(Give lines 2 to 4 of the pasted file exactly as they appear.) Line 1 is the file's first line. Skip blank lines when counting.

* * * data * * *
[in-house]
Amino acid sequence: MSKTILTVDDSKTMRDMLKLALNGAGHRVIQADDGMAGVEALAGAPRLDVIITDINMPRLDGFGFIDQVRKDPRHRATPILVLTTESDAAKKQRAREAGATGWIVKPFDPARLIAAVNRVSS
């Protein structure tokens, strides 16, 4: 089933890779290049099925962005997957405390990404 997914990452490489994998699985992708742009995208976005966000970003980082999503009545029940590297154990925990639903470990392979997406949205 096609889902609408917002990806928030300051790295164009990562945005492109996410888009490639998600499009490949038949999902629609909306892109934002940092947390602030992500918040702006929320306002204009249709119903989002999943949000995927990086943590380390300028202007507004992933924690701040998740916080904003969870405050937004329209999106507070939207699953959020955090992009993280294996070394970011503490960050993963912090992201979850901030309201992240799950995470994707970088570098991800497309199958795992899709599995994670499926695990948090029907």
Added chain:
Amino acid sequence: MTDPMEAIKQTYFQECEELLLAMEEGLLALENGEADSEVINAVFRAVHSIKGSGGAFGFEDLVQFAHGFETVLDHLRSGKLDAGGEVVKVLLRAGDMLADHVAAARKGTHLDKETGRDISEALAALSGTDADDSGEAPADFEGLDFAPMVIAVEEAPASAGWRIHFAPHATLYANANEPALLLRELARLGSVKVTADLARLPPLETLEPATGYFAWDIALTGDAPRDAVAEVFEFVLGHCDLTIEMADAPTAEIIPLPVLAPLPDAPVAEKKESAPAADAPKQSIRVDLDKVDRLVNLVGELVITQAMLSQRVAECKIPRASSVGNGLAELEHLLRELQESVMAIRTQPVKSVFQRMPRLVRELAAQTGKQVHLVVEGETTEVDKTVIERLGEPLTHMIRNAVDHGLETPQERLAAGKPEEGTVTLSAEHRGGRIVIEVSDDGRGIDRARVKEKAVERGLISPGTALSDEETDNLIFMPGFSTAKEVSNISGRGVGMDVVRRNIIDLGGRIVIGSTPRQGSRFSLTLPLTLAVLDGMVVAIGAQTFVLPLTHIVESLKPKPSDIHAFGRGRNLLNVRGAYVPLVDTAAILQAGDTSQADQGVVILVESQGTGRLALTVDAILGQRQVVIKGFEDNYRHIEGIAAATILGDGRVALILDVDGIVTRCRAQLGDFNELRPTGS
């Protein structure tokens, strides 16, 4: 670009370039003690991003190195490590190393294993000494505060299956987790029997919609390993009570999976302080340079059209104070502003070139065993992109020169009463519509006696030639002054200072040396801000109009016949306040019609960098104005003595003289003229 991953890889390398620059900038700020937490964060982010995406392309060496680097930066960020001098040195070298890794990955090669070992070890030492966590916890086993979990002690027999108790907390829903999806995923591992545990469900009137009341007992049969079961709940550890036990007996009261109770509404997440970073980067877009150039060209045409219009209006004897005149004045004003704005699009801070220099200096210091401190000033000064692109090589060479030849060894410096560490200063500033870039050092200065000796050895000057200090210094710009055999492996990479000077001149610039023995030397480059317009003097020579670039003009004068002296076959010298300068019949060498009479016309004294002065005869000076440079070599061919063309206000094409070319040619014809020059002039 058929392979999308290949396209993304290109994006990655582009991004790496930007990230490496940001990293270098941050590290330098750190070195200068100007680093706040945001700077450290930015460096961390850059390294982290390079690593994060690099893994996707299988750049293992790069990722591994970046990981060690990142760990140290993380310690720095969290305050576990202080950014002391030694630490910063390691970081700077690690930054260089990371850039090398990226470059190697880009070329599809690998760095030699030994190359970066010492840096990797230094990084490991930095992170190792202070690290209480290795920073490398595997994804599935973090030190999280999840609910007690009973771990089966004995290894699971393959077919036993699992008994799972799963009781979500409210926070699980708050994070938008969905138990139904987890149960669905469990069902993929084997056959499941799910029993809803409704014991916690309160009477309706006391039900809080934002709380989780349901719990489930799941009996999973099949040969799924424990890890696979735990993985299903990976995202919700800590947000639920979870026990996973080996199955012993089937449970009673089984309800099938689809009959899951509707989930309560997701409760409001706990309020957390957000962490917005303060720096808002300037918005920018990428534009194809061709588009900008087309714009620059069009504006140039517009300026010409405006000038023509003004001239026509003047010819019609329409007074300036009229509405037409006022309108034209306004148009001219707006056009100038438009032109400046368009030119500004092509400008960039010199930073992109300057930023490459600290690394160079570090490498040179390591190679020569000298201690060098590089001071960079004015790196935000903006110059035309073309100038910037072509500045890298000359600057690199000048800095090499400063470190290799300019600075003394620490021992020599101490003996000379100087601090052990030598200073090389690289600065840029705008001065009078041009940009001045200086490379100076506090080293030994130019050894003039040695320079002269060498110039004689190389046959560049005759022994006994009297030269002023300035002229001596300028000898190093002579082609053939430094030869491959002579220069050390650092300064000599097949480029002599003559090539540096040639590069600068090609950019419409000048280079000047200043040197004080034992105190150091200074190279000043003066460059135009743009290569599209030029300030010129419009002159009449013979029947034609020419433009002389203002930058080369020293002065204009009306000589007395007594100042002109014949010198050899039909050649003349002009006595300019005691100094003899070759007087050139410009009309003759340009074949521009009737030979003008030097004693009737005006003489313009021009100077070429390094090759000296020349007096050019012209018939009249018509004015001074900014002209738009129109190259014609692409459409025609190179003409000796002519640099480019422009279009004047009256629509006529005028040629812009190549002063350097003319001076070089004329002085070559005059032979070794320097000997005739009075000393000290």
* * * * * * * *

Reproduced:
Amino acid sequence: MSKTILTVDDSKTMRDMLKLALNGAGHRVIQADDGMAGVEALAGAPRLDVIITDINMPRLDGFGFIDQVRKDPRHRATPILVLTTESDAAKKQRAREAGATGWIVKPFDPARLIAAVNRVSS
């Protein structure tokens, strides 16, 4: 089933890779290049099925962005997957405390990404 997914990452490489994998699985992708742009995208976005966000970003980082999503009545029940590297154990925990639903470990392979997406949205 096609889902609408917002990806928030300051790295164009990562945005492109996410888009490639998600499009490949038949999902629609909306892109934002940092947390602030992500918040702006929320306002204009249709119903989002999943949000995927990086943590380390300028202007507004992933924690701040998740916080904003969870405050937004329209999106507070939207699953959020955090992009993280294996070394970011503490960050993963912090992201979850901030309201992240799950995470994707970088570098991800497309199958795992899709599995994670499926695990948090029907």
Added chain: